Persian New Year; Friendship with Nature
Nasrin Pourhamrang


The New Persian Year, which is enshrined in Iran, Afghanistan, Tajikistan, Azerbaijan, Turkey, Turkmenistan, Uzbekistan, Kyrgyzstan and Kazakhstan, starts on "Farvardin" 1st or the 21st day of March.
The first days of New Iranian/Persian year which are followed by widespread celebrations all over the country, are called "Nowrouz" or "New Day".

The ancient celebration of Nowrouz dates back to at least 8 thousands years in Iran. The vernacular residents of Iran, this sophisticated and glorious country, have used to mount colorful and fascinating celebrations to mark Nowrouz since 80 centuries ago, in which the friendship of nature, the values of Mother Earth and affinity with the humankind is marvelously significant.

Ancient Iranians had divided a single year into 12 sections and would hold a specific celebration for each month; Farvardin-gaan, Ordibehesht-gaan, Khordad-gaan, Tir-gaan, Mordaad-gaan, Shahrivar-gaan, Mehr-gaan, Abaan-gaan, Azar-gaan, Dey-gaan, Bahman-gaan and Esfand-gaan. Moreover, there were several other celebrations based on the transition of seasons, transformation of earth and climate, natural phenomena and cultural traditions.

Ancient Iranians have long honored the customs of Mother Earth and natural transformations, adapting themselves to climate changes in various seasons of a year to preserve their human life besides keeping a friendly and respectful cooperation with nature; it would also help them to form a salient and fortified civilization which could outlast for a historical period of time.

Not only ancient Iranians had learnt to consume the gifts and blessings of benevolent nature delicately, but also had they discovered to protect their own lives in the face of nature's insurgence and irritation.
Natural phenomena, however, always shaped a major part of Iranians' ancient celebrations and festivities. Iranians had considered these elements as the celestial endowments so they would try their best to preserve them in different ways.

"Mehregan" was the fest of creation. Ancient Iranians would inaugurate this celebration at the beginning and the end of autumn. Having the cultivation of agricultural crops finished, they would mount this thanksgiving fest, hoping for a more prolific year in the future.
With the conclusion of winter and the commencement of spring, Nowrouz would begin; the fest of nature's regeneration.

The frosted and lifeless nature would again start to blossom, and the earth would again green. Iranians believed that nature and its beauties should be enjoyed of, while being respected and protected; once the nature smiles at you greenly, you should smile and set off cheering.
Zoroaster, the ancient Iranian Prophet, was also the one who always stressed on living a happy life and avoiding polluting the nature and embroiling in conflicts, wars and battles.

Iranians have long used to purify and clean their homes and appliances at the moment of Nowrouz' arrival, wash and bath, sew the seeds of edible plants and nurture them, cook and bake the best foods and confectionaries, set fires on the roofs alight etc.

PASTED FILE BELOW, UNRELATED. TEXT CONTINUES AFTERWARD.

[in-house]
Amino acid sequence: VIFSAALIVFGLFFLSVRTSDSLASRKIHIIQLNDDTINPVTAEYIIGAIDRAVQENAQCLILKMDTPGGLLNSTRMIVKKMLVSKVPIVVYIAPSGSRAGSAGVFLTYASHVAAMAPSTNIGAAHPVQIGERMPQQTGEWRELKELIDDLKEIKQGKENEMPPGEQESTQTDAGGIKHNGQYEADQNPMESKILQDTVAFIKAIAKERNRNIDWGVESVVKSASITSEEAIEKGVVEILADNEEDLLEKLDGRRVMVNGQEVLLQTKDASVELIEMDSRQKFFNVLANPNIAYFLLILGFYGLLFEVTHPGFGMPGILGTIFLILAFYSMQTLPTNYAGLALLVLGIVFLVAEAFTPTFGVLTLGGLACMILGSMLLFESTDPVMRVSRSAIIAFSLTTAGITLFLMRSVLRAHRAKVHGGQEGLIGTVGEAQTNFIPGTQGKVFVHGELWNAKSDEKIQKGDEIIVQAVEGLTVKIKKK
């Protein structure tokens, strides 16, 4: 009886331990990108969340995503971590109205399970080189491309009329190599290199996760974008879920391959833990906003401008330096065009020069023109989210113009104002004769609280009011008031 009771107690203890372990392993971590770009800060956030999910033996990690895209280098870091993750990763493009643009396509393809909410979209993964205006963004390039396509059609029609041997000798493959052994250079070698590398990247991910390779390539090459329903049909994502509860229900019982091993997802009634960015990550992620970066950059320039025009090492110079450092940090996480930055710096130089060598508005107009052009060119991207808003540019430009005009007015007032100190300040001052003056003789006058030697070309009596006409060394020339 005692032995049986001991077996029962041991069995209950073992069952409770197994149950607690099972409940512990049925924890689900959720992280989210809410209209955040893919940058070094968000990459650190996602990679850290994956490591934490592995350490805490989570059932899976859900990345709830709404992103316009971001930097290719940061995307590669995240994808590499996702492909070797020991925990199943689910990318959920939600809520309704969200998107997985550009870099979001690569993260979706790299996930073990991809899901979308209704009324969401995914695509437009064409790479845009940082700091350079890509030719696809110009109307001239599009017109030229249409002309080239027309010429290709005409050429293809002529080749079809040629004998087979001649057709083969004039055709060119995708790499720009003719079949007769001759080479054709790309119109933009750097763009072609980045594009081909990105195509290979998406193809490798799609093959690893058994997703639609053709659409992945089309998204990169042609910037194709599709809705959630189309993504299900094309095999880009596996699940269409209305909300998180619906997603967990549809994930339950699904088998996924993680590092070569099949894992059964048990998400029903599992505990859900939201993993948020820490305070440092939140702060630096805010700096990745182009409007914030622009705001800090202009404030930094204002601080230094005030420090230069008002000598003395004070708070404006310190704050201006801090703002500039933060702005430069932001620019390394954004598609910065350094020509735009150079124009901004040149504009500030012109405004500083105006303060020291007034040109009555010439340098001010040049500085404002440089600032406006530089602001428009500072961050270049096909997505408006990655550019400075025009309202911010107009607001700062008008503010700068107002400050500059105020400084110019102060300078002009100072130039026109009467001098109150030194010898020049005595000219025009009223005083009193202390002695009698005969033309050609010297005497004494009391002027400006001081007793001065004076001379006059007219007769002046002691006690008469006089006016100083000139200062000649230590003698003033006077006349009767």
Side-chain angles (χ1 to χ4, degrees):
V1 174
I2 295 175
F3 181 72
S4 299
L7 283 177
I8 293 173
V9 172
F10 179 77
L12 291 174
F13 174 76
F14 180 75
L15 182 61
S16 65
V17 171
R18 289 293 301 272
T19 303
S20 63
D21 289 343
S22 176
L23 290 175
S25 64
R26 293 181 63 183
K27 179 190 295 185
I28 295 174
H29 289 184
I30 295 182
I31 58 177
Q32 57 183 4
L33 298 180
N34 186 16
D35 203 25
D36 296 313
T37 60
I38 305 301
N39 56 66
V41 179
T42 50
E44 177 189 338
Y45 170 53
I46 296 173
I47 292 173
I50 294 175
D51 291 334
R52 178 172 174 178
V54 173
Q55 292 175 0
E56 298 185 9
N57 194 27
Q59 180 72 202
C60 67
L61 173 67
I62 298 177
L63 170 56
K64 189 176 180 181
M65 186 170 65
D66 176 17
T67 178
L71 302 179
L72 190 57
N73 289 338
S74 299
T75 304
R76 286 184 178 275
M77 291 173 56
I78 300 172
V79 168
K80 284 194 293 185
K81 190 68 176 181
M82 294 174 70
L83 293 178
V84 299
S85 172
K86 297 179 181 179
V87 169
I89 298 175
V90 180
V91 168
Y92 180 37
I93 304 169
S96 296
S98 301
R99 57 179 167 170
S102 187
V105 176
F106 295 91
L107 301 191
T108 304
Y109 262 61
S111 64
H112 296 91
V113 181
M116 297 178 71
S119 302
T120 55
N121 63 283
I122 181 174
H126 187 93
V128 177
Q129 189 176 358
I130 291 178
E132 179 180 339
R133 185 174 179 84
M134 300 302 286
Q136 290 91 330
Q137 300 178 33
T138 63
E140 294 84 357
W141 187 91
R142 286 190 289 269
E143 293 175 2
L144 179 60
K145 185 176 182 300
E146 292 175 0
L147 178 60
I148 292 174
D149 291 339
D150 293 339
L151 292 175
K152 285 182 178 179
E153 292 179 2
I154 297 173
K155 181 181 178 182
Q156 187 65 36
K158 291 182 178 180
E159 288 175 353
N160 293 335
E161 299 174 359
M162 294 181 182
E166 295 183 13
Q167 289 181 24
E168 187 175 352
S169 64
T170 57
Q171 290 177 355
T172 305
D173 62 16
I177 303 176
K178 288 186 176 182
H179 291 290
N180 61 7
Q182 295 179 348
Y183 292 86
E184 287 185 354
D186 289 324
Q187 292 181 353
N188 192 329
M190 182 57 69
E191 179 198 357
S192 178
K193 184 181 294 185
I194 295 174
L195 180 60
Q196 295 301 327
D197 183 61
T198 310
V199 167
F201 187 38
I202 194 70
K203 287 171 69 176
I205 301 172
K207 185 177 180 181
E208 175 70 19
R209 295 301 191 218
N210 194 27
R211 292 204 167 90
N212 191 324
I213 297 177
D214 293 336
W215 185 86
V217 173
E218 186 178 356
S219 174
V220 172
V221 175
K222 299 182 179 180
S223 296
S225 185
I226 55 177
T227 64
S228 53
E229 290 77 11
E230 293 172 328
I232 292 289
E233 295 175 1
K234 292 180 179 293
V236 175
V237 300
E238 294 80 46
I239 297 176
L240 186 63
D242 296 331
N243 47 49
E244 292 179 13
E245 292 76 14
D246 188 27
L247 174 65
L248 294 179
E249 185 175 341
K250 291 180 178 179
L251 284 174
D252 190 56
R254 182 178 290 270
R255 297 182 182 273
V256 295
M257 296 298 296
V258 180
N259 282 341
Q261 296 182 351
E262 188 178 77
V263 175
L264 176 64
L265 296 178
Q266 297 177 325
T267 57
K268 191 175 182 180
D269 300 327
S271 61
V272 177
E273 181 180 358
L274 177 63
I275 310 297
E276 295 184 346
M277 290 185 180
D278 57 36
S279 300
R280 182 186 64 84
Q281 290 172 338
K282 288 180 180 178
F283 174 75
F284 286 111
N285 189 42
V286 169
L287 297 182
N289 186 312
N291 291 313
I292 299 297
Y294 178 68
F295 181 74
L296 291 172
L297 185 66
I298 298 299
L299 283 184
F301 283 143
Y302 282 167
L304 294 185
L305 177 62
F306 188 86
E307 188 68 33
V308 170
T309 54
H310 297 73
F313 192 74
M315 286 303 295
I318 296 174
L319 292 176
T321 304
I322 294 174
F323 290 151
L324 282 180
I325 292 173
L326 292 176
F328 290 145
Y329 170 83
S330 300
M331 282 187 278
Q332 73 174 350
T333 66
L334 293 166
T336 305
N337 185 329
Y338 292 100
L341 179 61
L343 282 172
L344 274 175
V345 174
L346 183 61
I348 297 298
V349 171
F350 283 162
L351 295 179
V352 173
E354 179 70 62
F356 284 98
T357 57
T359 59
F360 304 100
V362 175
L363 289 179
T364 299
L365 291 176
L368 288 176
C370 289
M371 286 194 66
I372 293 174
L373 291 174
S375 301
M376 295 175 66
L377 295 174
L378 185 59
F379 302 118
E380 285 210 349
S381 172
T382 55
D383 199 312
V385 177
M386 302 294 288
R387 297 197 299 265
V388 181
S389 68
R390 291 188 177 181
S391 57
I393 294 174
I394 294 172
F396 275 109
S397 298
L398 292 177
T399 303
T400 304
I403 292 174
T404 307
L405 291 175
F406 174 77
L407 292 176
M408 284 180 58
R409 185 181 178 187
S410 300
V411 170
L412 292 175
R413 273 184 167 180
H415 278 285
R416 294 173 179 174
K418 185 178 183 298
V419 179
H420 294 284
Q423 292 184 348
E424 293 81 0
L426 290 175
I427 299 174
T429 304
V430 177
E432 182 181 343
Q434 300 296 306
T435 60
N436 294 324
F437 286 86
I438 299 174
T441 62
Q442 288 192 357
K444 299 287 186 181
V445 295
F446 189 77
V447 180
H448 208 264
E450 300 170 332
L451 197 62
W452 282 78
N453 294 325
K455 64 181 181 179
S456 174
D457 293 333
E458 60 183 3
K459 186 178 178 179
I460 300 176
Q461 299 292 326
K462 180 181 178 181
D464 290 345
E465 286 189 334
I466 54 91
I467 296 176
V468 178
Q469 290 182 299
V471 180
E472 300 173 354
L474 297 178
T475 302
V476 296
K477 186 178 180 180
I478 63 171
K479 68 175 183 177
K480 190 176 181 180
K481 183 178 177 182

At the first day of Nowrouz, they would go for family gatherings, bring gifts and presents for each other, congregate and eat the most delicious foods, junkets and desserts, dance and make merry, sing and triumph.

At the ancient ages, they would also convey gifts to the kings and receive endowments instead. These celebrations would last for 12 days and on the 13th day, they should leave the homes, set off to plains and hills, settle tablecloths and gather in the nature to conclude their gala of the 13th day in the heart of nature.

Nowrouz and its celebrations, however, are not limited to the land of Iran and are rampant in adjacent countries such as Central and Southeastern Asian countries.

On the final days of the winter, Iranians would dust and sweep up their homes entirely, clean everywhere, buy new cloths and home appliances, purchase gifts for the family members, obtain comestibles and various kinds of groceries and sweetmeat to cook the best foods in the New Year. They also prevalently buy dried nuts and spring fruits to prepare the best for their guests and families.

At the final moments of winter, which is spanned to the spring by the moment of equinox, they huddle around a blessed tablecloth, named "Haft-seen". This ancient table is settled based on precise customs and ways. After the announcement of equinox moment which marks the official beginning of spring and is usually marked by the firing of New Year's cannon, they congratulate to each other, eat from the content of Haft-seen table, give gifts to each other, take a visit of families and friends and continue celebrating by the end of 12th day.

With their Nowrouz, Iranians renew links with nature and felicitate the regeneration of nature. They applaud the revival of flowers and plants with praise and strengthen their family and friendship ties hereby. Nowrouz is the opportunity of reconciliation with nature, family and friend, and that's why it's considered to be the symbol of companionship and comradeship with the nature and humankind.